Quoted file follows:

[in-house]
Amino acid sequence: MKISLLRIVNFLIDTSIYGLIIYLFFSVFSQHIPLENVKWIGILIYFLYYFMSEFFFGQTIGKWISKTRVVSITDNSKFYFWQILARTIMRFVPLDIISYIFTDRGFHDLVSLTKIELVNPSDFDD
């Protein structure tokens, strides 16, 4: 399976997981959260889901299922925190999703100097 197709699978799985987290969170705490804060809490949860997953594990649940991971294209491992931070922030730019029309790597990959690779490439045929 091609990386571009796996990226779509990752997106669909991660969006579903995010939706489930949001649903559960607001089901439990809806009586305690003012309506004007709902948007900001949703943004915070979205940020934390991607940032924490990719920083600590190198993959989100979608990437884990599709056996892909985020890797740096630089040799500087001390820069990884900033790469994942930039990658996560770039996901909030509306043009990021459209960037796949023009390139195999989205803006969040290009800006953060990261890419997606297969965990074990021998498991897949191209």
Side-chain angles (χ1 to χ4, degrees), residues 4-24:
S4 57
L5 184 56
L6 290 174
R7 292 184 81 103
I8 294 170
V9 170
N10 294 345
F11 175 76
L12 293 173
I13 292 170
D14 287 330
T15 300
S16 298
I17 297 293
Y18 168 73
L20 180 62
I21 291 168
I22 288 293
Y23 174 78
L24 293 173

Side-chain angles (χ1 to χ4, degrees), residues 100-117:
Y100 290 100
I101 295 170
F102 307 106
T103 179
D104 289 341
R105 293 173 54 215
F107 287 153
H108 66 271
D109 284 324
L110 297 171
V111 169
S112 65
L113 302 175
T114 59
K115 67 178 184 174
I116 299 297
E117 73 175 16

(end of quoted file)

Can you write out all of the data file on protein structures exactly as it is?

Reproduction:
[in-house]
Amino acid sequence: MKISLLRIVNFLIDTSIYGLIIYLFFSVFSQHIPLENVKWIGILIYFLYYFMSEFFFGQTIGKWISKTRVVSITDNSKFYFWQILARTIMRFVPLDIISYIFTDRGFHDLVSLTKIELVNPSDFDD
């Protein structure tokens, strides 16, 4: 399976997981959260889901299922925190999703100097 197709699978799985987290969170705490804060809490949860997953594990649940991971294209491992931070922030730019029309790597990959690779490439045929 091609990386571009796996990226779509990752997106669909991660969006579903995010939706489930949001649903559960607001089901439990809806009586305690003012309506004007709902948007900001949703943004915070979205940020934390991607940032924490990719920083600590190198993959989100979608990437884990599709056996892909985020890797740096630089040799500087001390820069990884900033790469994942930039990658996560770039996901909030509306043009990021459209960037796949023009390139195999989205803006969040290009800006953060990261890419997606297969965990074990021998498991897949191209």
Side-chain angles (χ1 to χ4, degrees), residues 4-24:
S4 57
L5 184 56
L6 290 174
R7 292 184 81 103
I8 294 170
V9 170
N10 294 345
F11 175 76
L12 293 173
I13 292 170
D14 287 330
T15 300
S16 298
I17 297 293
Y18 168 73
L20 180 62
I21 291 168
I22 288 293
Y23 174 78
L24 293 173

Side-chain angles (χ1 to χ4, degrees), residues 100-117:
Y100 290 100
I101 295 170
F102 307 106
T103 179
D104 289 341
R105 293 173 54 215
F107 287 153
H108 66 271
D109 284 324
L110 297 171
V111 169
S112 65
L113 302 175
T114 59
K115 67 178 184 174
I116 299 297
E117 73 175 16